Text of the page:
Corte Madera student wins top honor at state competition
Fourteen-year-old Gabe Gordon of Corte Madera is a 10-year chess player who is fairly set in his ways. His first move in a game is typically pawn to E4.
"I just consider it the best move," said the Marin Country Day School eighth grader.
Gabe played that move often during the 29th annual CalChess State Scholastics Championship in Santa Clara, believed to be the largest scholastic chess tournament in the western U.S. More than 1,400 students from kindergarten to high school attended.
Gabe won the CalChess Blitz Championship in the junior high school section. In blitz chess, players have to move quickly, because they have just five minutes to play the entire game.
"It is more exciting because it is faster paced, but I like longer chess better because there is more thinking involved," Gabe said.
He played his preferred type of chess in the tournament as well, taking second place in the regular chess championship, junior high school division, by winning five out of six games over two days. Each game lasted about two hours. Some 119 seventh and eighth graders participated in the category.
"As you win, you play another person who won, so the competition gets harder," Gabe said.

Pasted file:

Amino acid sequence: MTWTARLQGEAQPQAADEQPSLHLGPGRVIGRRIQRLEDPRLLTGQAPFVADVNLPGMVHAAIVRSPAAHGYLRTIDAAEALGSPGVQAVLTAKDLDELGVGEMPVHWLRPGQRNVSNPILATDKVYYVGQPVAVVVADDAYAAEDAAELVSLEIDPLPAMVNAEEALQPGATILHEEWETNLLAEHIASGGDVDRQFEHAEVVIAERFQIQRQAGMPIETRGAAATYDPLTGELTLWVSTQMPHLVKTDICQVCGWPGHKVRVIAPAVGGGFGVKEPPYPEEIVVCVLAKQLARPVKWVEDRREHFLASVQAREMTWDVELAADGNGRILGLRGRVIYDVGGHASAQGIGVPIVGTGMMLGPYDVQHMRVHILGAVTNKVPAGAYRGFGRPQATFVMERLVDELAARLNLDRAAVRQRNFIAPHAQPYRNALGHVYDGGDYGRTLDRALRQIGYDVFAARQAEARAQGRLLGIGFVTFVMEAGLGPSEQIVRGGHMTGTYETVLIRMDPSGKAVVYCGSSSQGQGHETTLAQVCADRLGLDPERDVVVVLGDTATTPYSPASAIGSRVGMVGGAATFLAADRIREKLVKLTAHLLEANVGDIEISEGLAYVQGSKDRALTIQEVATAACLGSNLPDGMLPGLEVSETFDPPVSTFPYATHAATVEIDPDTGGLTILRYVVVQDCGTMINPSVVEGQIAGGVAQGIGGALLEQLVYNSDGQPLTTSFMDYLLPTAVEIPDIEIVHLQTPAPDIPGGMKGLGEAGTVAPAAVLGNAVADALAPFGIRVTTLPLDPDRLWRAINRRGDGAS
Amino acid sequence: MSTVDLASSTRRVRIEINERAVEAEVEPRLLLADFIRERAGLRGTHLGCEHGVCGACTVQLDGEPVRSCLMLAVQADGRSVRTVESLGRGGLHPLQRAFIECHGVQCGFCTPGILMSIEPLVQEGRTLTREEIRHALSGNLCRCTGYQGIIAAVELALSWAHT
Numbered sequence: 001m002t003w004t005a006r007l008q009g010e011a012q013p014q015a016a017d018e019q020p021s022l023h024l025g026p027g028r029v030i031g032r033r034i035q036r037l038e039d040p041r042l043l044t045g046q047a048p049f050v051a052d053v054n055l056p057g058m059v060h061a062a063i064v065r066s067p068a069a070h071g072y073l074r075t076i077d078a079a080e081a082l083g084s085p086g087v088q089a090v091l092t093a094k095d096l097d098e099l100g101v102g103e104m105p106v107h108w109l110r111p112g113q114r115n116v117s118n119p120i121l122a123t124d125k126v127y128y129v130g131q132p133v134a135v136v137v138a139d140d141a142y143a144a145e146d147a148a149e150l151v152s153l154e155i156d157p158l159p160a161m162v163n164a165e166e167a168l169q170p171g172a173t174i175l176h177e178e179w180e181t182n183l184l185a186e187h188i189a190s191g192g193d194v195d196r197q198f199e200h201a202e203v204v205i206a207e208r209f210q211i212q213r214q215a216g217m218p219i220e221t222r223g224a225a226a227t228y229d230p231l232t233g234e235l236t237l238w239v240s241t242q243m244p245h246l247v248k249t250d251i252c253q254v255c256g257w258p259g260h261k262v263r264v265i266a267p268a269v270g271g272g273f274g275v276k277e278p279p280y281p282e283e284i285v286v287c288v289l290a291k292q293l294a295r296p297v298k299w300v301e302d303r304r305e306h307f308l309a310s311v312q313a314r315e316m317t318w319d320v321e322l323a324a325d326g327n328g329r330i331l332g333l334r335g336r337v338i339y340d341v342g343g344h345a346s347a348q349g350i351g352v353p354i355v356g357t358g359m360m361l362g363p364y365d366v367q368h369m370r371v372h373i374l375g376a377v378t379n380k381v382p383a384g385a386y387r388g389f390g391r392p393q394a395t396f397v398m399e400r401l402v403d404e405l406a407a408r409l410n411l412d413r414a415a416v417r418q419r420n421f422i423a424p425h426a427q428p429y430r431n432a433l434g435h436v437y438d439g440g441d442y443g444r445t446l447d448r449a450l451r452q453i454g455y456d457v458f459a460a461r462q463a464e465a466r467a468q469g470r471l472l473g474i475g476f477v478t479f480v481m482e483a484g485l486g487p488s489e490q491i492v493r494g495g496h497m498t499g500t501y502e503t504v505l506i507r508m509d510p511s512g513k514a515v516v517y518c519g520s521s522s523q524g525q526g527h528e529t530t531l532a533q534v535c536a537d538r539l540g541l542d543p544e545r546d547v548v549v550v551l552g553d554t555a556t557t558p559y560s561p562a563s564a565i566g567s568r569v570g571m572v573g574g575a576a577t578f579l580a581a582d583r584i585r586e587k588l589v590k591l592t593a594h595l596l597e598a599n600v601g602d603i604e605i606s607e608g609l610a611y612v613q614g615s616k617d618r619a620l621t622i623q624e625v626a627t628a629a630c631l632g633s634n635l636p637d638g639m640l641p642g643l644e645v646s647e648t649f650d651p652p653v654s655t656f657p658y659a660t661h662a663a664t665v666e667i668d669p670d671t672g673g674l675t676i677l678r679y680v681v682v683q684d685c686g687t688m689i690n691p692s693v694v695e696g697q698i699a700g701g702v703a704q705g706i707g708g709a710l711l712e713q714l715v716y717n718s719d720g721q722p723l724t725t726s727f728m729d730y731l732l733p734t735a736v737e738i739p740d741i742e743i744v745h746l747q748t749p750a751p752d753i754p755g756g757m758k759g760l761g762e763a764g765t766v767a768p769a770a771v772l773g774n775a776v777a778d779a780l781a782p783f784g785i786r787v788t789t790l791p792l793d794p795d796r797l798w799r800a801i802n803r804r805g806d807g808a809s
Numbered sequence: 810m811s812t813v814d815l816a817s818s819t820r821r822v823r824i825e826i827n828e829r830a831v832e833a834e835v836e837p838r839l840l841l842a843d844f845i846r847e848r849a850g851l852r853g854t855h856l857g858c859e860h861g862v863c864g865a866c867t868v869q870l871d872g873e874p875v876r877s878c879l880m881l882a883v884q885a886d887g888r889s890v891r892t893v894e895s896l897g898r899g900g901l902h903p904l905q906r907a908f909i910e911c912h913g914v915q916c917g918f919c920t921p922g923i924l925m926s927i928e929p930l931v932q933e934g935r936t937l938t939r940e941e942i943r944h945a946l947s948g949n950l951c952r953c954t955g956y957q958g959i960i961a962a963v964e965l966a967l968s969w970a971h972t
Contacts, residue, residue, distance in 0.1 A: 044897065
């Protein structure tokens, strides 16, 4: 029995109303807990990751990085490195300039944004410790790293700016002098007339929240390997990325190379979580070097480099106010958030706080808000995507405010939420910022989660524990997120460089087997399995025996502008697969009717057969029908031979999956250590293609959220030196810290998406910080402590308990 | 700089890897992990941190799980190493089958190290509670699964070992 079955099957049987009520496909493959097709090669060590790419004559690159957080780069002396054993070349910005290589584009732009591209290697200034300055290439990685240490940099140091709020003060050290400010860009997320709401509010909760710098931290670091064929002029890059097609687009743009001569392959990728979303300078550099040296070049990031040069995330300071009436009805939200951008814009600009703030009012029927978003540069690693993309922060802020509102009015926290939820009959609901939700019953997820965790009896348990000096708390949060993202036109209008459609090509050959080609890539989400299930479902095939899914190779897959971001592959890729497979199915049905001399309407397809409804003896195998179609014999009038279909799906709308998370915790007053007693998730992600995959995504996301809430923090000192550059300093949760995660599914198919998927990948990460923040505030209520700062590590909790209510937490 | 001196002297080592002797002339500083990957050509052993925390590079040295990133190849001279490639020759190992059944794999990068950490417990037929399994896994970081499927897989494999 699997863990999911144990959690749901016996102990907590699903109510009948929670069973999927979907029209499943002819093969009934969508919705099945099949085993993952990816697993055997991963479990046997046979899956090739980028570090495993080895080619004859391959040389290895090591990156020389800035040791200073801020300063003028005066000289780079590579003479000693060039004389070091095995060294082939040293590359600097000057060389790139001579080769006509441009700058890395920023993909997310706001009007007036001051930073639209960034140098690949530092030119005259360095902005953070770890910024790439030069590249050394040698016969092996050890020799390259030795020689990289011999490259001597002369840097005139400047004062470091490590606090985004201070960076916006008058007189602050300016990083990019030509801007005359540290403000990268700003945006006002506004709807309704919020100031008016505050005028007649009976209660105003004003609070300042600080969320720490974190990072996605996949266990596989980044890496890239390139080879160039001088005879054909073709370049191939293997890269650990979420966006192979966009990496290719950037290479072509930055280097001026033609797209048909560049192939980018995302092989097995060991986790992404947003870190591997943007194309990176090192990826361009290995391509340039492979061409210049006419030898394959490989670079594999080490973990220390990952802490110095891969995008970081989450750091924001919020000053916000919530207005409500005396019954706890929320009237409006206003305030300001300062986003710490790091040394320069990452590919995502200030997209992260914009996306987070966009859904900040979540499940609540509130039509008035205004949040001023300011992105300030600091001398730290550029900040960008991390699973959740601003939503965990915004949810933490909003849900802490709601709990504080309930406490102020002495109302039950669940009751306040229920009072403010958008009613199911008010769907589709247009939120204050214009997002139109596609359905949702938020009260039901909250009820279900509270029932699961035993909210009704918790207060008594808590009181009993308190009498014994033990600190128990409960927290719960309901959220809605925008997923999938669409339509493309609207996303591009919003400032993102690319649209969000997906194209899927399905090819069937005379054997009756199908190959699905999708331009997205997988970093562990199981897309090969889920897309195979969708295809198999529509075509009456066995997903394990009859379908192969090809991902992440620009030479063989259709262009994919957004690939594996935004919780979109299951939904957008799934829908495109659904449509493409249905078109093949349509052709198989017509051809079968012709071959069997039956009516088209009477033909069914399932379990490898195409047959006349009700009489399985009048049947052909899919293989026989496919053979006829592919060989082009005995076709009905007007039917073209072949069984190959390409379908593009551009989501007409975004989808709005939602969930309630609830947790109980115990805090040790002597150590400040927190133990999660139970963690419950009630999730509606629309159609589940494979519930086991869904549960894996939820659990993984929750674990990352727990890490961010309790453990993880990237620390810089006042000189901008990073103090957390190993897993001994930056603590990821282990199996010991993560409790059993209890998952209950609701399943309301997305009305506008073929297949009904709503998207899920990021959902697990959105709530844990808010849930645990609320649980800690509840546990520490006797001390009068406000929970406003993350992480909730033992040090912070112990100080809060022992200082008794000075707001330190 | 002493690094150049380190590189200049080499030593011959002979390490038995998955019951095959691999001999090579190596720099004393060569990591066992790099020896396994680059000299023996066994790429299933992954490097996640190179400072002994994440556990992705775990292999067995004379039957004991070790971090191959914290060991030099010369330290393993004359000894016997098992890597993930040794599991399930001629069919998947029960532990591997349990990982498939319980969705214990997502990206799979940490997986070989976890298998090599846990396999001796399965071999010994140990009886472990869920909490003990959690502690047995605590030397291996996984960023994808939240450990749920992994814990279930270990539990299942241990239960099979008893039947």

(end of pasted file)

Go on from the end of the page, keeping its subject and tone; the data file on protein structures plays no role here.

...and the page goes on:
Gabe is a veteran of the CalChess tournament. He has participated every year, except one, since he was in second grade and earned top placements almost every year. "It feels good to know other people respect my playing abilities," Gabe said.
He learned how to play from his father, Jeff Gordon, an investment adviser who has been playing chess for more than 40 years.
"When Gabe was four, my wife was on the phone and he wanted her attention, so I distracted him by teaching him a new game," Gordon said. "That was chess."
He caught on fast and has earned 50 trophies in various state and local tournaments. He plays on the Marin Country Day chess team as well as on the Berkeley Chess School team.
"When my dad first taught me, it seemed really complicated," Gabe said. "After a week, I just had it down but I am always learning new things when I play stronger opponents."
Chess runs in the family, as mom Lanette Gordon has been a chess player for more than 30 years.
Gabe said his game is a melding of both his parents' best chess skills, but he has also been taught by several master chess players over the years.
"His mom has the natural ability to see the board and what is going on," Gordon said. "So he gets the ability to see tactics from his mother and the ability to strategize from me."
In addition to being a fun and challenging mental exercise, Gabe said chess teaches a valuable life lesson - decisions you make have consequences.
"In chess, children see the results of their planning and actions, for better or worse," Gordon said.
"It taught me to plan ahead," Gabe said. "You have to think of your moves and anticipate your opponent's moves before he even makes them."
Gabe, who likes science and has played basketball and guitar, will enroll at Tamalpais High School next fall. While he wants to continue playing chess, he does not plan to become a grand master, the highest title for a chess player.
"A lot of people who become grand master do nothing else in their lives," Gabe said. "Chess is a hobby for me. I want to keep up with my schoolwork; go on to college."
Contact Carla Bova via e-mail at firstname.lastname@example.org